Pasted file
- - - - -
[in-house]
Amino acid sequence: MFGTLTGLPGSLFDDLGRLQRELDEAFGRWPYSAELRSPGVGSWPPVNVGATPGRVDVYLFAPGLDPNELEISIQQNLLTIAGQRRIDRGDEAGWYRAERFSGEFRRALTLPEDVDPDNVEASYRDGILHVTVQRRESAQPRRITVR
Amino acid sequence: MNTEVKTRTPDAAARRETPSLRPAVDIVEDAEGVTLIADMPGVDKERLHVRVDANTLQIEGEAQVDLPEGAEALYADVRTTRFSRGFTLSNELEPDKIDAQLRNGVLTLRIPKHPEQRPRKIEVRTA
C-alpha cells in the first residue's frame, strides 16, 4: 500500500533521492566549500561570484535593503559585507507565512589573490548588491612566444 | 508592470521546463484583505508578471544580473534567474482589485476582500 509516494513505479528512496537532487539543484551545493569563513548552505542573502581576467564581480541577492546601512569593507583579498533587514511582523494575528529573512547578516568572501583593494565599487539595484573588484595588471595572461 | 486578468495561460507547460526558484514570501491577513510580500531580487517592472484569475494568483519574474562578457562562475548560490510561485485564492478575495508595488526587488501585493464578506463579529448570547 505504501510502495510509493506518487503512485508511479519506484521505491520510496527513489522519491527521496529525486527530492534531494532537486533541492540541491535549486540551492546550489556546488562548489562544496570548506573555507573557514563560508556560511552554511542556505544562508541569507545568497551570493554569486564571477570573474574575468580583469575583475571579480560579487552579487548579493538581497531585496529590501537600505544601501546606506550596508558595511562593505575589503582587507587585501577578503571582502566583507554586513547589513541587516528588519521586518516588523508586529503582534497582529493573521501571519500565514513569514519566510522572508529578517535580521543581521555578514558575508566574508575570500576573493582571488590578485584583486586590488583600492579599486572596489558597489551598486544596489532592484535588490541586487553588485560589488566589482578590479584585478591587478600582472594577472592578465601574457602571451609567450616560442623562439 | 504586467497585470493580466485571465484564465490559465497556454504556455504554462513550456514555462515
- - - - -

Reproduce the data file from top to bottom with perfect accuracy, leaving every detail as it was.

[in-house]
Amino acid sequence: MFGTLTGLPGSLFDDLGRLQRELDEAFGRWPYSAELRSPGVGSWPPVNVGATPGRVDVYLFAPGLDPNELEISIQQNLLTIAGQRRIDRGDEAGWYRAERFSGEFRRALTLPEDVDPDNVEASYRDGILHVTVQRRESAQPRRITVR
Amino acid sequence: MNTEVKTRTPDAAARRETPSLRPAVDIVEDAEGVTLIADMPGVDKERLHVRVDANTLQIEGEAQVDLPEGAEALYADVRTTRFSRGFTLSNELEPDKIDAQLRNGVLTLRIPKHPEQRPRKIEVRTA
C-alpha cells in the first residue's frame, strides 16, 4: 500500500533521492566549500561570484535593503559585507507565512589573490548588491612566444 | 508592470521546463484583505508578471544580473534567474482589485476582500 509516494513505479528512496537532487539543484551545493569563513548552505542573502581576467564581480541577492546601512569593507583579498533587514511582523494575528529573512547578516568572501583593494565599487539595484573588484595588471595572461 | 486578468495561460507547460526558484514570501491577513510580500531580487517592472484569475494568483519574474562578457562562475548560490510561485485564492478575495508595488526587488501585493464578506463579529448570547 505504501510502495510509493506518487503512485508511479519506484521505491520510496527513489522519491527521496529525486527530492534531494532537486533541492540541491535549486540551492546550489556546488562548489562544496570548506573555507573557514563560508556560511552554511542556505544562508541569507545568497551570493554569486564571477570573474574575468580583469575583475571579480560579487552579487548579493538581497531585496529590501537600505544601501546606506550596508558595511562593505575589503582587507587585501577578503571582502566583507554586513547589513541587516528588519521586518516588523508586529503582534497582529493573521501571519500565514513569514519566510522572508529578517535580521543581521555578514558575508566574508575570500576573493582571488590578485584583486586590488583600492579599486572596489558597489551598486544596489532592484535588490541586487553588485560589488566589482578590479584585478591587478600582472594577472592578465601574457602571451609567450616560442623562439 | 504586467497585470493580466485571465484564465490559465497556454504556455504554462513550456514555462515